The Weirdest, Dirtiest And Wildest Jobs In The Military

The military operates in various parts of the world with its own micro-cities that have hospitals, cafeterias, even mini supermarkets. This means that there are a number of jobs that need to be filled that probably aren’t what you’d expect a military officer to be working. Yet all are essential to keeping our armed forces running smoothly. Some are pretty odd, others are outrageously dangerous, while others are plain ‘ol mundane, but hey, someone’s got to do them all. Here are some of the weirdest, dirtiest and wildest jobs in the military.

Entomologist

Entomologist

An entomologist studies insects, their relationships with other animals, their environments, and human beings. The scientists were first introduced to the military in 1941 in response to an arthropod-borne diseases during World War II. There are a number of diseases carried by insects, such as sand flies and mosquitos, that lead to infectious diseases, like malaria, dengue, and Leishmaniasis. It’s important to protect deployed military personnel from these diseases, and in order to do so, someone has to study what causes them, and know which insects live in which environments.

In addition, Navy entomologists help control cockroaches, bed bugs, spiders, and any other arthropods that can infest the ships.

Air Force Sewage Treatment Engineers

Air Force Sewage Treatment Engineers

That isn’t a river the officers are pulling the boat out of; it is sewage. There are officers on every base in charge of managing the plumbing, wastewater collection systems, liquid fuel storage and natural gas distribution systems. Maintaining these thousands of miles of fuel and water lines are essential to the base’s daily operations. Though they should be wearing masks, considering that if they accidentally consume any of the waste they will most likely become extremely sick. And if they fall in it, they will immediately sink, since the liquid doesn’t have any oxygen in it.

Army Tank Recovery Crew

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A whole department dedicated to recovering Army tanks that get stuck in the mud may initially sound trivial, but it is a very necessary, and dirty, job. Tanks often get trapped in various environments, and these recovery crews help the soldiers in the tanks get back to battle. These officers have to submerge themselves in the mud or swamps to get the 100 pound recovery equipment into place, all while trying to avoid getting their own vehicle stuck as well. The team also repairs or replaces damaged parts in the vehicles while under fire, so it’s also a pretty dangerous job.

Explosive Ordnance Disposal

Explosive Ordnance Disposal

If this sounds like a dangerous job to you, you are right on the money. These officers’ jobs are to disarm explosive devices, neutralize chemical threats, investigate and demolish natural and man-made underwater obstructions and render safe nuclear weapons. They also ensure that all explosives are disposed of in the safest way possible. After training in an Ordnance Officer Basic Course, these specialized officers attend an additional 36 weeks of advanced training. It’s no surprise that one of the most important skill sets in this position is to be able to work calmly under pressure.

Cyber Warriors

Cyber Warriors

The name may sound silly, but cyber warriors have an extremely important job in the military. Many terrorists and opposing military forces attack through cyberspace, such as by shutting down power grids or paralyzing infrastructures. A cyber warrior protects against such attacks. They are computer experts whose job is to defend information systems against such attacks, or they may be the ones who infiltrate or sabotage information systems in order to help other military personnel with an attack. They have to understand how to integrate technology into the mission that they are trying to complete.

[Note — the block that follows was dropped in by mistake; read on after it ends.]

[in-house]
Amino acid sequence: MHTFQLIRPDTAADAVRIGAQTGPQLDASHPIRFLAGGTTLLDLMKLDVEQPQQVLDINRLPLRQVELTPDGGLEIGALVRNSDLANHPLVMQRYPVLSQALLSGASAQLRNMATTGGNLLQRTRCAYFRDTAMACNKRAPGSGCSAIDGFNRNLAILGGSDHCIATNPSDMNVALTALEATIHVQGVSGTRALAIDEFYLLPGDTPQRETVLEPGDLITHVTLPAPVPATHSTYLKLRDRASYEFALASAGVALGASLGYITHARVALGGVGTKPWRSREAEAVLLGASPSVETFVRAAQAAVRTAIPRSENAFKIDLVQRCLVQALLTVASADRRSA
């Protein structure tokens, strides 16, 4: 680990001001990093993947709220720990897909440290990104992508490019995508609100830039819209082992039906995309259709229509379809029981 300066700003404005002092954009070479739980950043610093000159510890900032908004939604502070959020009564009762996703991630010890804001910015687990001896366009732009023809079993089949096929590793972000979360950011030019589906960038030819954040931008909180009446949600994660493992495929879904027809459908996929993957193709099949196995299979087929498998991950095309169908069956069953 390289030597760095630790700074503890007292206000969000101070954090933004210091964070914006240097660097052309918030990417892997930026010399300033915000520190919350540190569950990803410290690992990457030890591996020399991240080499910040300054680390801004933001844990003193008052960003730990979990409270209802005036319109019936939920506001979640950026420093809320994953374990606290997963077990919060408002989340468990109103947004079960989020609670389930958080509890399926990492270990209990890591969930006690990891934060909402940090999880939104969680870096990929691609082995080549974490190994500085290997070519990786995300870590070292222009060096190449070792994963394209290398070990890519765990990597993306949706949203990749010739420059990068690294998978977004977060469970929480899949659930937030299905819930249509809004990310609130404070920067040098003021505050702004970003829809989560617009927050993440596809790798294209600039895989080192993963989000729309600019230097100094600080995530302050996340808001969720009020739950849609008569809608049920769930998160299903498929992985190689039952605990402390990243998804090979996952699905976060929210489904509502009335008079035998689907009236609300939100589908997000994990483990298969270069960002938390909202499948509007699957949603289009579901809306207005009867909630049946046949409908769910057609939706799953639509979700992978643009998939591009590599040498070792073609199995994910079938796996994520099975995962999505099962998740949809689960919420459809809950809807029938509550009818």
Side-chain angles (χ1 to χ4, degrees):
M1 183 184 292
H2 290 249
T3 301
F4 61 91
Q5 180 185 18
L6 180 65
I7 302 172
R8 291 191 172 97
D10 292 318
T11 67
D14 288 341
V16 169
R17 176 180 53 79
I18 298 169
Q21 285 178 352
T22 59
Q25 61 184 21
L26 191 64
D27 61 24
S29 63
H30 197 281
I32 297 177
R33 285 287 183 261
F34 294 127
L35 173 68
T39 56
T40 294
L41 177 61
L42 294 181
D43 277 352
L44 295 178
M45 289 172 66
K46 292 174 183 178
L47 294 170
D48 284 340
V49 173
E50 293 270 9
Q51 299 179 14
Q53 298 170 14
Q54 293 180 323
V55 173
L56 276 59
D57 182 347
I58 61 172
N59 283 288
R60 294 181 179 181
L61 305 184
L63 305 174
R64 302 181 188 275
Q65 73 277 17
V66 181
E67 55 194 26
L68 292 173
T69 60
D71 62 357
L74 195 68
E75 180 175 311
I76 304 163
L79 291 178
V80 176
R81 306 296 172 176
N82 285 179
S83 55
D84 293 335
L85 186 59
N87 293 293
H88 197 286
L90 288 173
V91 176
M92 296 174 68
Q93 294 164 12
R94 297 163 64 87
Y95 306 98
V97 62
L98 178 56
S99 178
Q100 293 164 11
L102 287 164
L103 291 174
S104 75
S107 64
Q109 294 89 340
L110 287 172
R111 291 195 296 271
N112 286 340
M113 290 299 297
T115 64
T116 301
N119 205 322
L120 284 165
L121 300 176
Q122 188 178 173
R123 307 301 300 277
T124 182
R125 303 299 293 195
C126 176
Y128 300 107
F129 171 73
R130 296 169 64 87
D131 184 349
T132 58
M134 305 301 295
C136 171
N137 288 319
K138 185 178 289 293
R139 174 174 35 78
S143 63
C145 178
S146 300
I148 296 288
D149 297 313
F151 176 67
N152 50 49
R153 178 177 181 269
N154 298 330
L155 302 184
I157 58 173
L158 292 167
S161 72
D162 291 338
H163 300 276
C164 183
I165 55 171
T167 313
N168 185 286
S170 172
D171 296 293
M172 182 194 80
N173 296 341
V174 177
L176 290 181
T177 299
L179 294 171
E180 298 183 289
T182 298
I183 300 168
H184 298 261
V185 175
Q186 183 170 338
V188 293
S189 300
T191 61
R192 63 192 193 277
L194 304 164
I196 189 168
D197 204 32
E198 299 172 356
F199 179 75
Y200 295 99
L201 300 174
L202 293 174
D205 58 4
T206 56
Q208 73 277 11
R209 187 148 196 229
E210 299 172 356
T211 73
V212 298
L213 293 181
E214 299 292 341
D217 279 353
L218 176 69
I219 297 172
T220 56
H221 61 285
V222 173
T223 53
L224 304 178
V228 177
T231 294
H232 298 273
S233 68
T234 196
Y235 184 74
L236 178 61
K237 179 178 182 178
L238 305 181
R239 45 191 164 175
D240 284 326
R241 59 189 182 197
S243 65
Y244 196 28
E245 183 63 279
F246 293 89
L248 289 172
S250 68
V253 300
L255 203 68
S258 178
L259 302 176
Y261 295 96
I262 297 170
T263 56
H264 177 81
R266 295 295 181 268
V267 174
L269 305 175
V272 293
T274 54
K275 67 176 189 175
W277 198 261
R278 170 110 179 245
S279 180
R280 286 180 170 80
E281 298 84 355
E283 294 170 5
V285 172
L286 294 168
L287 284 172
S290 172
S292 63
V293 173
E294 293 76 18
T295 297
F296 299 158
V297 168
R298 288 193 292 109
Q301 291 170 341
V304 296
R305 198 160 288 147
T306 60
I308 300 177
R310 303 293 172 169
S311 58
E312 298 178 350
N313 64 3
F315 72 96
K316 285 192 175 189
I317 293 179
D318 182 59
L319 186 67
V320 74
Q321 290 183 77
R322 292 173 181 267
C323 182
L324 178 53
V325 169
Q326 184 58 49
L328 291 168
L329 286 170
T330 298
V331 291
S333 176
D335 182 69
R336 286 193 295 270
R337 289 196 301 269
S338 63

Burn Pit Detail

Burn Pit Detail

While fighting in the field, soldiers usually don’t have access to running water. So they build burn pits, which are like wooden port-o-potties that consist of large buckets, usually half of a steel drum, underneath a wooden seat. These pits become full of human waste, and then have to be dragged out, filled with gasoline, set on fire and stirred around. A disgusting job for sure, but the waste has to be disposed of, so it is necessary. Usually this position is rotated so that no one soldier has to endure the wretched smell of human feces burning over and over again while they whirl it around.

Pararescue

Pararescue

Pararescuers are considered one of the most elite units in the military. They are experts in combat and providing medical assistance. They are sent on the most dangerous and demanding rescue missions in the world. If an airman is captured or wounded, a pararescue jumper must locate and bring him or her to safety as fast as possible, no matter what the terrain or the hostile conditions may be. They go into areas that are in full combat, have catastrophic weather conditions, and disaster zones. They go on rescue missions in water, desert terrain or Arctic conditions. The training to become a pararescue jumper is very intense, and many never complete it.

The Coast Guard’s Buoy Tenders

The Coast Guard’s Buoy Tenders

The Cost Guard’s buoy tenders’ jobs are to scrape and power wash about two tons of crud, sea life and animal waste off of buoys that weigh 100 tons. It is important to keep these buoys clean because if they are too dirty they can sink, and if their anchors are too dirty, it can lead to dangerous accidents. It takes these tenders approximately 30 minutes to clean the buoys themselves, but then they have to clean off the decks of their ships, which become filthy from the removed waste, and that takes much longer.

Vehicle Transportation

Vehicle Transportation

This may sounds like an easy enough job, but it is quite the contrary. Vehicle transportation is definitely one of the more dangerous jobs in the military. Their job as military truck drivers it to making sure weapons, supplies, food, and other necessities get delivered to soldiers on the front lines. Without them, soldiers wouldn’t have everything they need to successfully accomplish their missions. This makes them a main target for attacks. With the rise of IED attacks (bombs constructed and detonated in ways other than in conventional military action), this job has become even more risky.

Door Gunners

Door Gunners

A door gunner’s job is to seek and fire at the enemy on the ground using manual weapons from aboard a helicopter. They may fire machine guns or turrets with canons, depending on the mission. Sometimes they even have to lean out of the helicopter (while harnessed) to get a better shot. They are pretty exposed and this makes them easy targets for enemy forces, so the job is extremely perilous. In fact, it is said that during war time, a door gunners lifespan is expected to be only five to eight hours.